Sailors sign star rookie Julio Rodríguez to long-term contract extension
The Seattle Mariners and All-Star rookie outfielder Julio Rodríguez have signed a long-term extension that could be one of the biggest deals in Major League Baseball history. The Mariners announced the deal during Friday night’s game:
The initial warranty is 12 years and $210 million, reports Ken Rosenthal. With the deal starting next season, this sees Rodríguez through the 2034 season, as mentioned in the Mariners announcement. From there, Rosenthal nets a five-year, $90 million player option, meaning Rodríguez can turn it into a 17-year, $300 million deal.
A guarantee of at least $210 million makes Rodríguez’s extension the biggest contract ever signed for a player with less than two years of major league service. The current biggest overall contract in MLB history is the $426.5 million extension Mike Trout signed with the Los Angeles Angels in March 2019.
Rodríguez, 21, has quickly realized the promise that made him one of the best prospects in all of baseball heading into 2022. In 108 games for Seattle this season, Rodríguez has created a .269/ slant line. 328/.471 with 20 home runs and 23 stolen bases. This combination of power and speed recently saw Rodríguez become the 12th rookie to complete a 20-20 season. Moreover, he is so far ranked as a defensive asset at the vital central field position. Rodríguez introduces himself ashonors.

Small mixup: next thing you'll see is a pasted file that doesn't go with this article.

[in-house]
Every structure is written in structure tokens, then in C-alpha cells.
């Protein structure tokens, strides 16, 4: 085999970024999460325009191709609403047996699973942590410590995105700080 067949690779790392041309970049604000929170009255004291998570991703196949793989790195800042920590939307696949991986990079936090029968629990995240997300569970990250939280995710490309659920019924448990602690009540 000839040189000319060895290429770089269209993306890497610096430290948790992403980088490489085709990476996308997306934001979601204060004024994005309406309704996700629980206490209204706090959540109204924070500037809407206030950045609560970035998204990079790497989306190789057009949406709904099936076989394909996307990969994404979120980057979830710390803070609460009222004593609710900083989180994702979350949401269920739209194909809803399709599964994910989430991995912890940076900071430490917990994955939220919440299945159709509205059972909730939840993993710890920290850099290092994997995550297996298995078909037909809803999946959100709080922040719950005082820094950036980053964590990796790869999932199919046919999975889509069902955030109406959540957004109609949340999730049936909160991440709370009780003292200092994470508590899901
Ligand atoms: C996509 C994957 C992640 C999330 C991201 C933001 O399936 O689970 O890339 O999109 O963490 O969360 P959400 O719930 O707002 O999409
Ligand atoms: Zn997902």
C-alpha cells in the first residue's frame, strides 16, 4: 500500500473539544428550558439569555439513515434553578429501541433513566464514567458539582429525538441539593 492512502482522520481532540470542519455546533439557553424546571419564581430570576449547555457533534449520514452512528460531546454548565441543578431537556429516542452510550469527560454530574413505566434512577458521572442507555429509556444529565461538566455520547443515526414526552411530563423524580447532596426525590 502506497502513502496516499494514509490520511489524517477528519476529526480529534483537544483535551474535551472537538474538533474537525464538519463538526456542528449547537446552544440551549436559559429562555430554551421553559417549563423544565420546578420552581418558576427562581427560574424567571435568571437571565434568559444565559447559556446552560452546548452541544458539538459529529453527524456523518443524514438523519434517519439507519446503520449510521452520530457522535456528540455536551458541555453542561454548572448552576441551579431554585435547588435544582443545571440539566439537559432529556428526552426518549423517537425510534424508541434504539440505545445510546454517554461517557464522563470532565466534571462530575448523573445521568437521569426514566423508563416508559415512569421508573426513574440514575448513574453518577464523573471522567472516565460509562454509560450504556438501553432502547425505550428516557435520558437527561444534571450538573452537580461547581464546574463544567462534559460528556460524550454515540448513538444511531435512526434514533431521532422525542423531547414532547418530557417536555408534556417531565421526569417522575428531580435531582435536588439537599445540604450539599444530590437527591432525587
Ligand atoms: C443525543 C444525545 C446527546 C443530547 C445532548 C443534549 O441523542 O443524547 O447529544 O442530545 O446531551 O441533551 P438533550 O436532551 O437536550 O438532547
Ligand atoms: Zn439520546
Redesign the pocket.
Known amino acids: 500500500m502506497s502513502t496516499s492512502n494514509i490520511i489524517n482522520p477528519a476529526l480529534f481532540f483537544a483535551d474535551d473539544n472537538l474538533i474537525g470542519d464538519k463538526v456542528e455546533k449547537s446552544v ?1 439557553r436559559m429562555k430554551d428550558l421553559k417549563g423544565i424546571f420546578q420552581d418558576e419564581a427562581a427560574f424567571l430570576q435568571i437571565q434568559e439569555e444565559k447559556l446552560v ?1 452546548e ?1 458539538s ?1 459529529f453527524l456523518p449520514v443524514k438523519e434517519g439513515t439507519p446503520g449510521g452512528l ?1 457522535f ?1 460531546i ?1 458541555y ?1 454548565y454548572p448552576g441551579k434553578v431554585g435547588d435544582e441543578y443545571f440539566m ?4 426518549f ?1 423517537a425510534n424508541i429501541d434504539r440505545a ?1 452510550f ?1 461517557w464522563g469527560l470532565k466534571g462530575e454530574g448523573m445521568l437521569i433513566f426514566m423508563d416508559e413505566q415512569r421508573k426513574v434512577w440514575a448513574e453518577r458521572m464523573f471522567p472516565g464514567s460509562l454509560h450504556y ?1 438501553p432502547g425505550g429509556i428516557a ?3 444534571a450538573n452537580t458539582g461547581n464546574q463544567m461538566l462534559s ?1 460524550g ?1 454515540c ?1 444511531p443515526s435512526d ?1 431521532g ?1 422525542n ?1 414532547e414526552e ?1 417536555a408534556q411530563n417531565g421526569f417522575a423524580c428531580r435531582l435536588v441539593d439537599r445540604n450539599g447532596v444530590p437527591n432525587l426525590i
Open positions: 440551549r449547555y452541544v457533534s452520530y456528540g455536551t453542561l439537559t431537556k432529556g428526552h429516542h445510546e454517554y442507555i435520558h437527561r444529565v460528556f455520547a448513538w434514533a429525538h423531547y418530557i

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Before his extension was finalized, Rodríguez was reportedly slated for free agency after the 2027 season. Rodríguez originally signed with the Mariners organization in 2017 as an international free agent out of the Dominican Republic. Thereupon he thrived in the Mariners system and progressed rapidly. Before being promoted to Seattle, Rodríguez had a .955 OPS over three season games despite being much younger than his peer group at every rung.
Rodríguez this season has been a vital part of a Mariners squad that is currently on course for 88 wins and is the last wildcard in the AL. The Mariners haven’t made the playoffs since 2001, which is the longest playoff drought in major North American professional sports.